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  8. Wow, reindeer! Thanks for sharing.

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  9. You live in a truly wonderous and beautiful place!

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  10. I agree, I love your non-knitting posts as much as you knitting posts. Thanks for sharing.

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  11. I'm another fan of your non-knitting posts. I always love seeing your little corner of the world. It looks remote and peaceful. Thank you for sharing

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  12. Real reindeer! I can't tell you how exotic that is to an American like me.

    How do you prepare a wild-caught bird? I'm sure you must have a traditional recipe for it.

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  13. Those are beautiful pictures. I especially enjoy the reindeer and the philosophy of the hunters in the wild there.

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  14. deni20:38

    I am in awe - again. You write so beautifully and always with wonderful pics. I can only dream of the place you live. Just beautiful :)

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  15. Lonely is an interesting word to me. Lonely meaning alone or lonely meaning without anyone. I love your blog. The pictures are incredible. I live in the central U.S. in St. Louis. We have the confluence of the Missouri and Mississippi Rivers and I do so love the rivers. Your lake is so beautiful and although you think it's stark, I find it filled with beauty. Thank you for sharing it and I wish Tina and her assistant much luck this week.

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  16. Tina is such a beauty! Of course, all the photos are beautiful, definitely take your landscape over any cityscape. You truly live in a magical place and I find it absolutely wonderful that you love and respect it as you do.
    Yes, a traditional way of roasting the wild bird?

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  17. I, like everyone else, loved your nature pictures today. I think it would be lovely to come across a herd of reindeer in the woods. We don't have them here, except in zoos. Thanks for giving us glimpses of your country.

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  18. Esther02:56

    Thank you so much for answering my question so quickly about the yarn and needle size you are using! I really appreciate it.
    Of course, it makes your project seem all the more labour intensive. But I also keeping thinking about your comments about just knitting it and not being distracted with other projects. I really want that sense too.
    I agree with all the other comments about your stunning pictures! Just love them!

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  19. Anonymous03:40

    As other people here, I also enjoy your non-knitting posts as well as your knitting posts. I like to read about your country and your way of life, as it is so different from my own. No news of Grandma Kitty ?

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  20. Thank you for the nature walk. I can see and feel the cold settling into the north country as nature changes clothes, and the water takes on shades of ice.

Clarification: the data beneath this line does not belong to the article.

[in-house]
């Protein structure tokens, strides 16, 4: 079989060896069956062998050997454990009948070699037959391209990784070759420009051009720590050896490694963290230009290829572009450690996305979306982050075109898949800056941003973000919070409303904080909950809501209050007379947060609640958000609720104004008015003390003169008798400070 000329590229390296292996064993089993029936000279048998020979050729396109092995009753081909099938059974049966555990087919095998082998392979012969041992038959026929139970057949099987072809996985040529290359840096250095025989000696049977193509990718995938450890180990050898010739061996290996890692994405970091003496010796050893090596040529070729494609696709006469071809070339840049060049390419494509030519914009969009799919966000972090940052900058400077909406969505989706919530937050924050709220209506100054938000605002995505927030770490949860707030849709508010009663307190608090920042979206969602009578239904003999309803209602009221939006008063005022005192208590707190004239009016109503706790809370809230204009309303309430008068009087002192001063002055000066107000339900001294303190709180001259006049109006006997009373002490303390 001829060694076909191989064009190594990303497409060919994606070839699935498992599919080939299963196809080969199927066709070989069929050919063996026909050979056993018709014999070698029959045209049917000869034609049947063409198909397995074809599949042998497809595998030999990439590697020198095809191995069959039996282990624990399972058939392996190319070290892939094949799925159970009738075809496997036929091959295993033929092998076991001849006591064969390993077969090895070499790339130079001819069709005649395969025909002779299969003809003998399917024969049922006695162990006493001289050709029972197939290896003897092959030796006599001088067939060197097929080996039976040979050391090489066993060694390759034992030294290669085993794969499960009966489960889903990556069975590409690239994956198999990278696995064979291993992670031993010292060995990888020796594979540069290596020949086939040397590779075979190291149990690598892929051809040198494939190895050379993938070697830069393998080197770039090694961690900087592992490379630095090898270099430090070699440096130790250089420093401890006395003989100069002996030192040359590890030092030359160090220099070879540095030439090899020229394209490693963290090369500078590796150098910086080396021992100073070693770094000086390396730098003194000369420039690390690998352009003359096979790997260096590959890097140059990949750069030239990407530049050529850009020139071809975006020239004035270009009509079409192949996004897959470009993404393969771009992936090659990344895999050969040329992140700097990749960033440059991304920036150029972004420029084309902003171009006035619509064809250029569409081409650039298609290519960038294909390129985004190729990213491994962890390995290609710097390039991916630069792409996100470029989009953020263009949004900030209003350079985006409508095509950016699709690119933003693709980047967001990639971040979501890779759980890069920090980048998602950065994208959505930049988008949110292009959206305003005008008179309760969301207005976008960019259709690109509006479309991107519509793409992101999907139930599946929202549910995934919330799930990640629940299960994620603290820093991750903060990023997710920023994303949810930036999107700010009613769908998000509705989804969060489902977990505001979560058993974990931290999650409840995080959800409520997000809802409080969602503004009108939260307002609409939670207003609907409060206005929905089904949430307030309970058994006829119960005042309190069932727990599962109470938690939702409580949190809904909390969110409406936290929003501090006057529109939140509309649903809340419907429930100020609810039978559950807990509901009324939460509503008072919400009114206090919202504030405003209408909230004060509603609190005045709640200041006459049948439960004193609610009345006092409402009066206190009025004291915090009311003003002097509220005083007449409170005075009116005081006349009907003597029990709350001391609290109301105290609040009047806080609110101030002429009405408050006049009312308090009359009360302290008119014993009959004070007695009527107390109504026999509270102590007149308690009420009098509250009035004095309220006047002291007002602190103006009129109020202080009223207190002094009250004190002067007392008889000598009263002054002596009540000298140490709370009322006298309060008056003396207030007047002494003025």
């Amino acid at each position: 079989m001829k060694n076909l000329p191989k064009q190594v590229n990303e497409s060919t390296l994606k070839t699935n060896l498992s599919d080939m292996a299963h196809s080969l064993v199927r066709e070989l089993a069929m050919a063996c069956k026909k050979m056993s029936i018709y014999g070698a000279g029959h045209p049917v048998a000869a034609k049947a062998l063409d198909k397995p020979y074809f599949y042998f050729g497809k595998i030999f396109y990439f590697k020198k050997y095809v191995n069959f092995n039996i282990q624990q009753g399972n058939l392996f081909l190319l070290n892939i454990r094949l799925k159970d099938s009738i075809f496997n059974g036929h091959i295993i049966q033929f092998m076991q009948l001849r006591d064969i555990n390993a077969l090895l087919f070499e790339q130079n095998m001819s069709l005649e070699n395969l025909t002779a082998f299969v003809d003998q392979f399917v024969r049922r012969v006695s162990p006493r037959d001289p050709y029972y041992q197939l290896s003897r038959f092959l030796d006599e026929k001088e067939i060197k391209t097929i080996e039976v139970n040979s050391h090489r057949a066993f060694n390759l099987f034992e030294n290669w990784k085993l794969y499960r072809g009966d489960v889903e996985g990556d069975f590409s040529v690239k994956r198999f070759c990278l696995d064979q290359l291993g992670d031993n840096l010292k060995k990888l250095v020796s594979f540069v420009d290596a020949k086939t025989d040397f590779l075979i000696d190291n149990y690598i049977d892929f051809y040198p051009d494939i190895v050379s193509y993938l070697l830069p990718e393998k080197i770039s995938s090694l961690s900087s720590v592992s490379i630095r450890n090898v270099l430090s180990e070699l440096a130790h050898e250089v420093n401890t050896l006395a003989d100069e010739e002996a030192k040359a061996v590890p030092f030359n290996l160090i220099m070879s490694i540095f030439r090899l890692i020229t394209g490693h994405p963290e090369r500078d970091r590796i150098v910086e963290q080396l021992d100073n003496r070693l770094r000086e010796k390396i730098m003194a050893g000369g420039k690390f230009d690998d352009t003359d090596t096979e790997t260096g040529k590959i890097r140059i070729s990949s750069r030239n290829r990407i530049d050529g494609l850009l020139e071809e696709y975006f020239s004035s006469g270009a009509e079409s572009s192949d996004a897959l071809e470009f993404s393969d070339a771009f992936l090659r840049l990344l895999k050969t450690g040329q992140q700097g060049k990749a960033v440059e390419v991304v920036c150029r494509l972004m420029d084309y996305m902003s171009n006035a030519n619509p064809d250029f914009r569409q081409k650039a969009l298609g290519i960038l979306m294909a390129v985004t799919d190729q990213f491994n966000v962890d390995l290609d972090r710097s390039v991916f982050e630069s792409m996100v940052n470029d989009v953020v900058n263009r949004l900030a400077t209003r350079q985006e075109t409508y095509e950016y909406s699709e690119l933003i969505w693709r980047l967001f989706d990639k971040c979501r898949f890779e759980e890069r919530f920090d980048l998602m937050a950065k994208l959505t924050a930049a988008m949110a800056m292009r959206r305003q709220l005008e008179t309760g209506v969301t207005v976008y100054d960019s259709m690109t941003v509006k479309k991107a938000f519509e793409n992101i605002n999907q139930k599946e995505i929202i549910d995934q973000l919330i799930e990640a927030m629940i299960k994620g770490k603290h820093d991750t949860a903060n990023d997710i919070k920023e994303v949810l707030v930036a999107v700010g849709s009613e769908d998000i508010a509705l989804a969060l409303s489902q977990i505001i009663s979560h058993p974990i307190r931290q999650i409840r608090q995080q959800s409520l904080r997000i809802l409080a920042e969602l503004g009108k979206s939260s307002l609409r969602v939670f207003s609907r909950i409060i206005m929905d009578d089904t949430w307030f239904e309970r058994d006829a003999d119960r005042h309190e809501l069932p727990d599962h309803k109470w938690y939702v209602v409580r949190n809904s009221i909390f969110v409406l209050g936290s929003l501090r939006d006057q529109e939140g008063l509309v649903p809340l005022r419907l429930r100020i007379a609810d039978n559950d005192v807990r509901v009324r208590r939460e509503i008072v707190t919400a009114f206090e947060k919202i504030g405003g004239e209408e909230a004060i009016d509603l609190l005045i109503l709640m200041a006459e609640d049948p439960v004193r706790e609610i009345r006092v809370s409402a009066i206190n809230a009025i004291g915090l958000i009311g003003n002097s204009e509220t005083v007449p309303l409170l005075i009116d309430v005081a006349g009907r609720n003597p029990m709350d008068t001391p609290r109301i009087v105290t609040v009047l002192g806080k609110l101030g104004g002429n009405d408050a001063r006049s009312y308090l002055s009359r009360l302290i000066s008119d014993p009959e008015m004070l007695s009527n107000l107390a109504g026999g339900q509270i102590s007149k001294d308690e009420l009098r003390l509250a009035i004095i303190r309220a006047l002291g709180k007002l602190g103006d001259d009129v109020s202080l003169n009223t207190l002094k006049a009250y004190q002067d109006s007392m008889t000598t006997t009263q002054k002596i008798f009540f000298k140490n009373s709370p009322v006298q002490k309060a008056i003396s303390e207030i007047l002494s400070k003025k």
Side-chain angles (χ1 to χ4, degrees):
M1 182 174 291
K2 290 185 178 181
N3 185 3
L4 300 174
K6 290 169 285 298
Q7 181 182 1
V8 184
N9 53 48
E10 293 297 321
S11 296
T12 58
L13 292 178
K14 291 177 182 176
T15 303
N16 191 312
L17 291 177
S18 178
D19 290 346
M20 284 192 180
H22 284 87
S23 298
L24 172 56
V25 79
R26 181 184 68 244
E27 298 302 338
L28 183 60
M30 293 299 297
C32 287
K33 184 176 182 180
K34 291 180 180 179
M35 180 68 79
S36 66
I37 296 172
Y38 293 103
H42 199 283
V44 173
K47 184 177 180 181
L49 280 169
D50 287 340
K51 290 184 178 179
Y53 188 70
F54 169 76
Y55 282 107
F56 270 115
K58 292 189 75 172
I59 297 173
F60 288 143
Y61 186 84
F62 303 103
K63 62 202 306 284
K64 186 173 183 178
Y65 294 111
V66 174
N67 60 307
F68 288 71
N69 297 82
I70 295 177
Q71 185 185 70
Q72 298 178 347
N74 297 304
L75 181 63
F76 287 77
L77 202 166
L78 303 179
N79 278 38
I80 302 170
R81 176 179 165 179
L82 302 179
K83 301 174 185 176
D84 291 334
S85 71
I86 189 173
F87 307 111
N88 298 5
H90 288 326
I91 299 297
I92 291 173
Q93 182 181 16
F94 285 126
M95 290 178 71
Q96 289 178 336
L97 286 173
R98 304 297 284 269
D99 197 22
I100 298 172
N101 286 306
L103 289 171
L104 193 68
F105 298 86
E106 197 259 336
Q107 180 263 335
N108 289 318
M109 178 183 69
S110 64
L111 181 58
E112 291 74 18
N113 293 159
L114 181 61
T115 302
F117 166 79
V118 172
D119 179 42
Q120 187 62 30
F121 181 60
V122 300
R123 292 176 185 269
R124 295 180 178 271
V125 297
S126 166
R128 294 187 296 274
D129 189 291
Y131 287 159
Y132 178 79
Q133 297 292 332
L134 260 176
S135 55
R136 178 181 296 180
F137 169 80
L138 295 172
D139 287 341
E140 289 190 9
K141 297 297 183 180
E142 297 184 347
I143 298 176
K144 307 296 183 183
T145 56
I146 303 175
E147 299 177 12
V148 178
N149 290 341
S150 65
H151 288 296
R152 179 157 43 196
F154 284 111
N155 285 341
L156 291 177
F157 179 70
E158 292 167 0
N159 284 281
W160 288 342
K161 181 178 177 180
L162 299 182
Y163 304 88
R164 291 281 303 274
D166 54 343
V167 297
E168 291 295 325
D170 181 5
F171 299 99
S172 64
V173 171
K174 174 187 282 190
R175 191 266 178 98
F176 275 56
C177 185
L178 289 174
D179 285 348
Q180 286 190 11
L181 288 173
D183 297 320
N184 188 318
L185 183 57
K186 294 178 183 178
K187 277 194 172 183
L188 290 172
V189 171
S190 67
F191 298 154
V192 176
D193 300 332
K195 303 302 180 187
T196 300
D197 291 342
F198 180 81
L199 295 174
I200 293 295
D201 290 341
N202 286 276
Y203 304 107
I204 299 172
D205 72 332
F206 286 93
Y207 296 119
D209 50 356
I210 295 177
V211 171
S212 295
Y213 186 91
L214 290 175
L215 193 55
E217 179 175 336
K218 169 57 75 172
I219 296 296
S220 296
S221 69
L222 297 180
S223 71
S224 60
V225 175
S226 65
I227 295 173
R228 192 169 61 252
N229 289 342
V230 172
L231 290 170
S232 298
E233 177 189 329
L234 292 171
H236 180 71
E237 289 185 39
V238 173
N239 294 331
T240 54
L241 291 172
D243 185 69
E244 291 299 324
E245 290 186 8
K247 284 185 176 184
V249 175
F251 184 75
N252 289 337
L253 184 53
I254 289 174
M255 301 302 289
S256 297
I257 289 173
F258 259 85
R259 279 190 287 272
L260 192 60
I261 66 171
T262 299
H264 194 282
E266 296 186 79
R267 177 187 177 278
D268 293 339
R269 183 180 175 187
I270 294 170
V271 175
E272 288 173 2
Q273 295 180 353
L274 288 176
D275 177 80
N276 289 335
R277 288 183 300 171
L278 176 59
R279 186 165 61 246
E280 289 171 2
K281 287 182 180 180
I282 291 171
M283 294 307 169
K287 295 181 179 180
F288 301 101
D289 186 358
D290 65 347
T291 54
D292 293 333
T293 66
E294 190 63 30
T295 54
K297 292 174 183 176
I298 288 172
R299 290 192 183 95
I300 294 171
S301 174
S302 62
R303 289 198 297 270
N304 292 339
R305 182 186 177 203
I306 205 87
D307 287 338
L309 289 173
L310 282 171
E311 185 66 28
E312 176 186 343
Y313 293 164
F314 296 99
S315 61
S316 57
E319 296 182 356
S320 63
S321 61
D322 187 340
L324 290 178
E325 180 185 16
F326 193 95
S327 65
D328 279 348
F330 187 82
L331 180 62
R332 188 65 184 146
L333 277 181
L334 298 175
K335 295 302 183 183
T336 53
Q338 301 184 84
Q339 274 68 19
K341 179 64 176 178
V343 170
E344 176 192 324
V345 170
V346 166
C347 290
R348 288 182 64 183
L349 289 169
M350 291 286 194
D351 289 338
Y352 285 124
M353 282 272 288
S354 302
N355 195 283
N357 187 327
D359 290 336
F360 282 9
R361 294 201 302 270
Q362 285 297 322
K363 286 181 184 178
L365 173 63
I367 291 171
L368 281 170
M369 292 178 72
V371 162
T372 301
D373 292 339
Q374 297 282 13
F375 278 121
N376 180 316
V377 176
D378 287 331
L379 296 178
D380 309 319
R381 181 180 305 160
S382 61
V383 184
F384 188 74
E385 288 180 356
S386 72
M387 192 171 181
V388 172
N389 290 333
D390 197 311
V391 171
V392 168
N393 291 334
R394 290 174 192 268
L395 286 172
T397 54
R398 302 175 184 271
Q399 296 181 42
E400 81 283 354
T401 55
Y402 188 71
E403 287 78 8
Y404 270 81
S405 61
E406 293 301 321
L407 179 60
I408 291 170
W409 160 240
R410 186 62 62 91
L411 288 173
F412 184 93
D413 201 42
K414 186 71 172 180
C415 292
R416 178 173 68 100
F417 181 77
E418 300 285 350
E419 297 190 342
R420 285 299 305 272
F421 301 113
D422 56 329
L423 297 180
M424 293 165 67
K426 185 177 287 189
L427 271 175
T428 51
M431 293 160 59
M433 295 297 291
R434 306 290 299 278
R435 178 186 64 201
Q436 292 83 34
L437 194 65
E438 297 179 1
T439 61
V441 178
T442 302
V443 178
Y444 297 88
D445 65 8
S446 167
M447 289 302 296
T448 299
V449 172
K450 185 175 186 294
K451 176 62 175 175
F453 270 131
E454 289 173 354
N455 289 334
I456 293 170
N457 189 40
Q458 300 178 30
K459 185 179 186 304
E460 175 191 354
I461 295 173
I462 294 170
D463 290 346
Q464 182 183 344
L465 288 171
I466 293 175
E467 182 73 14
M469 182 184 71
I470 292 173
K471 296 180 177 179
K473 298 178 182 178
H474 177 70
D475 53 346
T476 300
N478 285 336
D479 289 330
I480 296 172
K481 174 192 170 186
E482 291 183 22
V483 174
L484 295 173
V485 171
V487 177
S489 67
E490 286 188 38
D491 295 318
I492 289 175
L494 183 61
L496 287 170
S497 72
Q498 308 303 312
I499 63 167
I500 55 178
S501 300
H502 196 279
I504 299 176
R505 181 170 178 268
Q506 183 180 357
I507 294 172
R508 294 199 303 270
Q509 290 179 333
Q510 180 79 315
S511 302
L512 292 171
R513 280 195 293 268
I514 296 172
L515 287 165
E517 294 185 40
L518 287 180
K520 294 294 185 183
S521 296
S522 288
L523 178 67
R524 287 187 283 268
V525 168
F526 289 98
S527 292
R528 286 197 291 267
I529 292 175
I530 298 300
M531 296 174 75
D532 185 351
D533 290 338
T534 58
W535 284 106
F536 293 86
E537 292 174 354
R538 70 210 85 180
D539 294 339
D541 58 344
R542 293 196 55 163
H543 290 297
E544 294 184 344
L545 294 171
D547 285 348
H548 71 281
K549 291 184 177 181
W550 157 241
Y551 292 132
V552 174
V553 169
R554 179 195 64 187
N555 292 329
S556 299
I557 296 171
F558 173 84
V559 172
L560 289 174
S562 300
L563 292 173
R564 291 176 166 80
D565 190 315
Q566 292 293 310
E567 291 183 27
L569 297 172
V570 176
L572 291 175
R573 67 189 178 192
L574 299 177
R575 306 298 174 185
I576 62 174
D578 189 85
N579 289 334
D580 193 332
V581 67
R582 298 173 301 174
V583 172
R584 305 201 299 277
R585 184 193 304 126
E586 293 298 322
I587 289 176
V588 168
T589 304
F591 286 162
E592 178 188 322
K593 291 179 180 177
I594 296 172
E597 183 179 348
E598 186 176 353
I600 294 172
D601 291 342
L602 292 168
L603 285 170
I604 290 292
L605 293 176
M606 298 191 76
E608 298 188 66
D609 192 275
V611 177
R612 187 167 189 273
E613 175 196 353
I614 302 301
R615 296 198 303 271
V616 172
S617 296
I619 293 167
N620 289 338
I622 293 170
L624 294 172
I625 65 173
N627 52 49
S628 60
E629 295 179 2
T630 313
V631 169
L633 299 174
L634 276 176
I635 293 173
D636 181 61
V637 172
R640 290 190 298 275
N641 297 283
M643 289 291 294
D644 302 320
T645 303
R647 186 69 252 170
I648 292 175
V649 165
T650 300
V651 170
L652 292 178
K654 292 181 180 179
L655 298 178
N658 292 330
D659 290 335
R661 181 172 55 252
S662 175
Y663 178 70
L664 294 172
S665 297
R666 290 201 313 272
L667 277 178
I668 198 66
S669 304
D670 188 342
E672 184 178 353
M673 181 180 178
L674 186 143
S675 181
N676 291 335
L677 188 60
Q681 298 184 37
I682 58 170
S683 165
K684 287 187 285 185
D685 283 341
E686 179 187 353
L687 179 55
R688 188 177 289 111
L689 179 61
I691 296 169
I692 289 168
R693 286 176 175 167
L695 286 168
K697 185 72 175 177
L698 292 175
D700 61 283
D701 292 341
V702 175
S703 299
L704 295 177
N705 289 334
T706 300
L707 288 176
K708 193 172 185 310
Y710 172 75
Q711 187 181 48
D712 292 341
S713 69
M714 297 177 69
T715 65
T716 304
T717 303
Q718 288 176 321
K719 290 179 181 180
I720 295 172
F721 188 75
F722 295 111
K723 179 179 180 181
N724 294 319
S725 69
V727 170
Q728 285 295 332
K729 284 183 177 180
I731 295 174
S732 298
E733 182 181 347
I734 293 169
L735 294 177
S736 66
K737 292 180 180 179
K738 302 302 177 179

The ghosting reindeer are a real treat to see.

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  21. It's funny, Tina looks a lot like Icelandic dogs - they also have this curled up tail. They don't hunt birds though, they herd sheep. They're good barkers too.

    Apparently there's a Finnish club for the Icelandic dog!!

    http://www.geocities.com/islanninkoira/

    You're place up north sounds wonderful. Your writing about it always makes me think "voi voi" that I still haven't been further north than Oulu.

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  22. I love seeing pictures from your area. I just posted lots of pictures this week of our hike in very dry Texas. So different from your landscape.

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  23. I love the photos of the woods, the lake, the reindeer...I spent a marvelous week above the arctic circle in Norway six years ago. We flew to Alta, drove to Kautokeino and Karajsok (sp??) and then to Nordkapp, where we caught the Midnatsol and leisurely boated down to the Lofoten Islands. I absolutely loved the arctic country side. It's starkness appeals to me for unknown reasons. Thank you for sharing your photos and your camping trip.

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  24. Thank you for sharing your photos. Reindeer in the wild seem so exotic. Your knitting is beautiful and so is your country.

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  25. Beautiful. My sister is moving to Oslo so I am interested to see what Scandanavia looks like.

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  26. Hello lene,
    I don't care if you don't have any knitting to show. I love your photos. My dog Scout - all the way across the globe in Australia- particularly enjoys your photos of Tina. (Scout is a bit of an internet stalker!). But I do love your knitting as well.

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  27. Lena you take the most beautiful photos! I must admit the photos are a big reason for coming to your blog. I love what you write, but the photos of a place so far away from where I am (Australia) are just wonderful!